For when you wish you could change things for them.
This one is sensitive. I hesitate to write about it, except that I think it’s absolutely critical and something we all struggle with—myself included. I’m praying that we approach the following with love in our hearts, open minds, and some deep introspection & compassion for all those involved. These thoughts are coming from personal conversations and ponderings I have had, lately.
Sometimes I think we all struggle with the concept of death as a solution to or at least relief from a “problem.” How many of us, for example, have watched someone we love care for another, be they elderly or sick or disabled or whatever, and when that person dies have thought, “Gosh that’s sad. But also kind of a relief. At least the caretaker can lead an unburdened, normal life, now.” I am ashamed to admit I have thought things like that! And now that I am in a position to potentially care for someone throughout their life, I see just how misguided and incomplete my perspective was.
They say that when faced with loss you go through various stages including anger, denial, bargaining, depression, and acceptance. What I don’t think we realize is that we sometimes go through those stages even when the loss is not our own, but happens to someone we love.
What I think we all mean when we look upon death as a relief is, “I wish that I could take this from you. I wish there was a way to change this thing that is so hard.” But there are some things that cannot be taken away. There are some things that are just hard, and some burdens that only God can lift. And I don’t think He does it by taking them away. My daughter’s death would not ease my burdens—it would add to them. Immensely. Death brings its own trauma and scars—especially a child’s death. Just because someone is gone, it doesn’t mean the pain is. Just because someone is here and needs to be taken care of, it doesn’t mean life has to be anything less wonderful than it might otherwise be.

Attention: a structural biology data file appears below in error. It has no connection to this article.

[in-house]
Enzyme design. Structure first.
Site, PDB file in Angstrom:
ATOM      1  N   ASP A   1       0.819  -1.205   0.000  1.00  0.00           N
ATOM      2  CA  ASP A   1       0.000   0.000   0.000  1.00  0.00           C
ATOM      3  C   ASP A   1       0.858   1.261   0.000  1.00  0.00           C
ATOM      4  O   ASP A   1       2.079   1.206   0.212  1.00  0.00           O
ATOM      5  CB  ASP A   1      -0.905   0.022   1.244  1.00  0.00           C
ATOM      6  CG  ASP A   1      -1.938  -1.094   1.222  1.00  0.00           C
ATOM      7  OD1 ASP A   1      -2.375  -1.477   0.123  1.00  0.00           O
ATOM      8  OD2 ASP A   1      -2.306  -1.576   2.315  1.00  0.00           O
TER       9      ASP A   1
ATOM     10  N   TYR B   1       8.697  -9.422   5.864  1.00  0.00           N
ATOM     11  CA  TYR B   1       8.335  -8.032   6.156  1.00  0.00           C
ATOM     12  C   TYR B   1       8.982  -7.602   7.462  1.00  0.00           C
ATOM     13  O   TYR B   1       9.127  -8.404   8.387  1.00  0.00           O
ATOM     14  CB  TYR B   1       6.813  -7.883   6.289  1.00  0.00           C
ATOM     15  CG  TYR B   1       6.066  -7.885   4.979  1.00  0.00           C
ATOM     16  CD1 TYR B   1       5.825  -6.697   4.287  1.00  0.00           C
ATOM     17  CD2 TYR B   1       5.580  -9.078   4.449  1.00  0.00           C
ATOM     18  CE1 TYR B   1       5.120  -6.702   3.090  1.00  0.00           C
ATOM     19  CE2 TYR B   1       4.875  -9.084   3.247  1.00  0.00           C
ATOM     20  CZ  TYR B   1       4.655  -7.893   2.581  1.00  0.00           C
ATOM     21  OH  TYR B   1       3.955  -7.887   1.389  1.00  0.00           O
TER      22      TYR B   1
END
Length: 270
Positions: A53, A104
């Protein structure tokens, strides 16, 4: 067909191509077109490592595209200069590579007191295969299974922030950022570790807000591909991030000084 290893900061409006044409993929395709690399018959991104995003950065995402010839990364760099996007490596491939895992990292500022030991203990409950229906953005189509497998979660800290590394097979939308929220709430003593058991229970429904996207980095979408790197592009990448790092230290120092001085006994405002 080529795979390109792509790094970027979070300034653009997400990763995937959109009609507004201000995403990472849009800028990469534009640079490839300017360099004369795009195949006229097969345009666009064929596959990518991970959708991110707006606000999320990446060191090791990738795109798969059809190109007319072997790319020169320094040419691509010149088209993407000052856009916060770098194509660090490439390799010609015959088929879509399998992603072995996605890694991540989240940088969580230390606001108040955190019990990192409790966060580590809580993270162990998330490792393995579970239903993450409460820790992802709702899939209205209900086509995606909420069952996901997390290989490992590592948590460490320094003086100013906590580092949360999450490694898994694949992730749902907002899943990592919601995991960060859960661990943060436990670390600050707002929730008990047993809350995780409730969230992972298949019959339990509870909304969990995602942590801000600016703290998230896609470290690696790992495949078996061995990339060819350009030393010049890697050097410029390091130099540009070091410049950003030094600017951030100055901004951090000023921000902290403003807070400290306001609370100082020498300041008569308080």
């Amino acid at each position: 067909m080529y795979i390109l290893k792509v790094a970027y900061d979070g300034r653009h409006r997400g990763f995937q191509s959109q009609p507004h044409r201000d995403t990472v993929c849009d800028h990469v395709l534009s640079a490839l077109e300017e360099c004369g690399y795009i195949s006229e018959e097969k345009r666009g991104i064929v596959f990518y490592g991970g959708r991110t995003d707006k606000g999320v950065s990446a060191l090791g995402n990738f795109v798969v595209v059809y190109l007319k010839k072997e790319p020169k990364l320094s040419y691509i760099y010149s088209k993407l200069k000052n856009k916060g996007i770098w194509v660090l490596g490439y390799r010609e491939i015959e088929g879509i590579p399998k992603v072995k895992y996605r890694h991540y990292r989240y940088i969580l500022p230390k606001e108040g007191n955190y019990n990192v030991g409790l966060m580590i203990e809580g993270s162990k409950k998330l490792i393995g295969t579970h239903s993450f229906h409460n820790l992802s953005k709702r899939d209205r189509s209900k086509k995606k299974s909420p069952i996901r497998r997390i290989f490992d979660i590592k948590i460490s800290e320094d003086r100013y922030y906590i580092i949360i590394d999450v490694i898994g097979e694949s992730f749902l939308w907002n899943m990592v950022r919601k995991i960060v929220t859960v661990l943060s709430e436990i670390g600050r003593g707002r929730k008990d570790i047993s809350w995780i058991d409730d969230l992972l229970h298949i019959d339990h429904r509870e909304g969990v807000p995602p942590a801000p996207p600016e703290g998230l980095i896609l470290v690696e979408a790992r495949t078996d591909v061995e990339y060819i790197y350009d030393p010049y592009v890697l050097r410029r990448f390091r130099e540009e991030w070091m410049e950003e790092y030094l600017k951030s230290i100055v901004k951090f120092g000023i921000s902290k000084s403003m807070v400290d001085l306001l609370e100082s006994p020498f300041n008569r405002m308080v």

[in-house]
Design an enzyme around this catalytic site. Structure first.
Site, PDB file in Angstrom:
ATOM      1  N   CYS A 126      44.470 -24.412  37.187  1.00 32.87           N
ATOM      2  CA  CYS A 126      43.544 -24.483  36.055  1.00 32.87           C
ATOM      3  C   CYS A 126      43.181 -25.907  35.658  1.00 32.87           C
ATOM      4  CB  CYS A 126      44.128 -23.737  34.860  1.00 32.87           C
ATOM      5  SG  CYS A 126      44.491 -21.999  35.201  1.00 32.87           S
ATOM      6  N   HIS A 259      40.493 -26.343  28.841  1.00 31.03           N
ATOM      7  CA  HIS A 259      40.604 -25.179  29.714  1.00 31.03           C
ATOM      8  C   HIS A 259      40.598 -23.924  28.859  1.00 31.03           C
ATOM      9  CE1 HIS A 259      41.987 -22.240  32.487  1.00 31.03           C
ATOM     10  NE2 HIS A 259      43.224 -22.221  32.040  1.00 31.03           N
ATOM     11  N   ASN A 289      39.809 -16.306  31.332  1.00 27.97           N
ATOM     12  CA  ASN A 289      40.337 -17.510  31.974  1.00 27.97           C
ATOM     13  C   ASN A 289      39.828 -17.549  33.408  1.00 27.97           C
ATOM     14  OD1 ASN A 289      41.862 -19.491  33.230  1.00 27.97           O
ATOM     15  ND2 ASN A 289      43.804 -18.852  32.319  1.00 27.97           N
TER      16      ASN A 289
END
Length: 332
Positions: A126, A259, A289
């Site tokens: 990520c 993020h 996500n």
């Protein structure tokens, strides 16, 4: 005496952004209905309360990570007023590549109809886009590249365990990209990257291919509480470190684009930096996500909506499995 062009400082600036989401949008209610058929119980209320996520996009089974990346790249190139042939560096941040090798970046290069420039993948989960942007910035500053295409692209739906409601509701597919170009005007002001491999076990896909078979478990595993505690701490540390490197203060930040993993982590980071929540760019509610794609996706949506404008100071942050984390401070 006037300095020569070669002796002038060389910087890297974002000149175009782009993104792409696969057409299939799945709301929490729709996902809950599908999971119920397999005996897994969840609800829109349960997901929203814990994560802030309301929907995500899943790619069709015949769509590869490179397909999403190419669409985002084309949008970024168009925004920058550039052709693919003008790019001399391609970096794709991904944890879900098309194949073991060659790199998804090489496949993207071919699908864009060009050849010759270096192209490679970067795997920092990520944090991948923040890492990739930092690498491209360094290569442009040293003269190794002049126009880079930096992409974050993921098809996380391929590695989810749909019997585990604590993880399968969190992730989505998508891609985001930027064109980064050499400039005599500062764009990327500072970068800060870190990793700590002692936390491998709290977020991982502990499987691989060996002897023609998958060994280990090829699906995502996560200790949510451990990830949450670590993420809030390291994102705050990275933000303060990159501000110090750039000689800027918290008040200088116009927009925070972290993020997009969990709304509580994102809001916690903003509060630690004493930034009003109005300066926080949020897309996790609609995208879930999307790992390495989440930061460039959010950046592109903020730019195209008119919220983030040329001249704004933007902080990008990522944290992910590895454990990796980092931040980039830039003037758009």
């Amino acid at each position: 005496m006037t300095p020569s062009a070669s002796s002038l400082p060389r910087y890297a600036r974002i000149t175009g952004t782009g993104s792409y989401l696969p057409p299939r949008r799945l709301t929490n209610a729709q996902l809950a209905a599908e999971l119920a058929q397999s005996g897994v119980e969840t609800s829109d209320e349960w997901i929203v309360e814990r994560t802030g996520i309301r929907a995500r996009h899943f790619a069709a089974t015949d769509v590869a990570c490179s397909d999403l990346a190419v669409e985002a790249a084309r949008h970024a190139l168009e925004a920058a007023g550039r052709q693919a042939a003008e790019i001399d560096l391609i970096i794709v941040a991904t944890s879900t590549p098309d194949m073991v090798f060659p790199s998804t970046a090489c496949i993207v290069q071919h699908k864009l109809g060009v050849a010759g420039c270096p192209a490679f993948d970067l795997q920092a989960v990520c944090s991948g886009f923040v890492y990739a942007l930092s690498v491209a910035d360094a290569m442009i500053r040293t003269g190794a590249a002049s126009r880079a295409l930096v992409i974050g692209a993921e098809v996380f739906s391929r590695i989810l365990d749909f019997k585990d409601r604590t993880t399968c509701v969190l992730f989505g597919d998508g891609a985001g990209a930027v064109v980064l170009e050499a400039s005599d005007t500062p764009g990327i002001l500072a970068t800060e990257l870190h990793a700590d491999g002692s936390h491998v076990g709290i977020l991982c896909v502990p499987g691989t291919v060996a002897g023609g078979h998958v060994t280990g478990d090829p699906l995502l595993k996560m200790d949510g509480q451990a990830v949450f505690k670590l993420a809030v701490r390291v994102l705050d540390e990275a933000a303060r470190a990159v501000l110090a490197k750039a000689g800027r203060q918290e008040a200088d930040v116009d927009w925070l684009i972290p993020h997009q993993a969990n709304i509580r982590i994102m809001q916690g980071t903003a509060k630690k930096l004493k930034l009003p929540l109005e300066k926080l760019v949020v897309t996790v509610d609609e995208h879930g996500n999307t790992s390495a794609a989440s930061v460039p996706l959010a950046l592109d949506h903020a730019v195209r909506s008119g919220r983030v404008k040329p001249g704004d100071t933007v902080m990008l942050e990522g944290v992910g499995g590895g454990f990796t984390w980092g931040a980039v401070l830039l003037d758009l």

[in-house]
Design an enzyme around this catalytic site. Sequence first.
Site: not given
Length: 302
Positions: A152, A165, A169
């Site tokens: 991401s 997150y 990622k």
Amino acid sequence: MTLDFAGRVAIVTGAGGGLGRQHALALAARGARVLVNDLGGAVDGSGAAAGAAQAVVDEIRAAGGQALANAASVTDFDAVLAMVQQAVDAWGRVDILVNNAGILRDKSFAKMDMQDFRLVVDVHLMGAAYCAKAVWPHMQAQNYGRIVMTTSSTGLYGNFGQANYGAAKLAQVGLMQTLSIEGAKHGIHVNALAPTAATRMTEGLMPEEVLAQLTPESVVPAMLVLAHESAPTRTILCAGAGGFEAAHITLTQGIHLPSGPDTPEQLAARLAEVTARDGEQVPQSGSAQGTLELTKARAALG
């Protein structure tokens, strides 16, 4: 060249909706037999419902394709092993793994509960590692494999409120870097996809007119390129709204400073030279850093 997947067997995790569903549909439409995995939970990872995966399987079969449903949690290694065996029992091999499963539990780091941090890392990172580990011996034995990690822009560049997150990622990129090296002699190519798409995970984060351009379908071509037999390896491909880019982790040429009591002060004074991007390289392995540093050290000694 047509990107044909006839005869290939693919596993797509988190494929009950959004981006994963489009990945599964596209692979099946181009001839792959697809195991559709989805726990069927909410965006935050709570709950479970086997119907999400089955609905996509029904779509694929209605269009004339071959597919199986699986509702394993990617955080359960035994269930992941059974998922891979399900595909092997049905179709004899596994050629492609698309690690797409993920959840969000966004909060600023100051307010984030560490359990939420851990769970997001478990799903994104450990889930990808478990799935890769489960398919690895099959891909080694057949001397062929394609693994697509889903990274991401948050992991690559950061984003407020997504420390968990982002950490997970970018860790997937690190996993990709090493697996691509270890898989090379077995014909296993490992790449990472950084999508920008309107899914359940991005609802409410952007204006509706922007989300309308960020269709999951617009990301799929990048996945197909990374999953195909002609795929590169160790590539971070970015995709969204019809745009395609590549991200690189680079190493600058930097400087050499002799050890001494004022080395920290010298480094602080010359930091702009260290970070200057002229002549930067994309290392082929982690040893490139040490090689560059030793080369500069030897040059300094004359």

We’re in it, now. I need to accept this, and I need you to accept it, too. In the spirit of “less helpful verses more helpful,” let’s approach this another way. Instead of wishing a different life for me, instead of looking for the challenge to be removed or changed, just help me carry it.
There have been so many people who have done just that. My mother-in-law, for one. When I told her that Lydia would need open heart surgery (something that is difficult to face myself, let alone break to others) responded simply: “We’ll get through this.” And instantly it was Team Lydie. Team “you’re not alone.” Team hope for a bright future. Then my own parents, when I’ve said things like, “I can’t believe this is my new reality,” have responded with, “You are not alone. We’re here to help”—and proved it.
Dan and I were musing about what will happen to Lydie when we’re gone and how we need to prepare for that, when without hesitation a sweet sister exclaimed, “I’ll take care of her!” As if this is her fight, as well.
Another sister and so many friends have called to say, “I’m bringing dinner!” We have had many friends who have texted or sent messages just to say, “I’m thinking of you. I’ve cried for you. I love you, and when you’re ready and you need me, I’m here to talk.” People who have connected us with support groups and friends. The woman I barely know who sat beside me at church, put her arm around me, and sincerely asked, “How is your new life?”
I cry just thinking about it. All these people with open hearts and reaching hands. This is what real support, what sharing each other’s burdens, looks like.
It’s not going away. And I don’t want it to go away. So please God, and those I love, help me gain the right perspective. Help me make it through the day. Help me face it head on and learn what I’m supposed to from this experience. Help me make the life I have been given absolutely beautiful.
And for the gift of your love, we can never thank you enough.
In my next post I’ll get specific about things you can DO that truly help.
More interesting facts:
The life expectancy for someone with Down syndrome is now 60 years. WAHOO!!!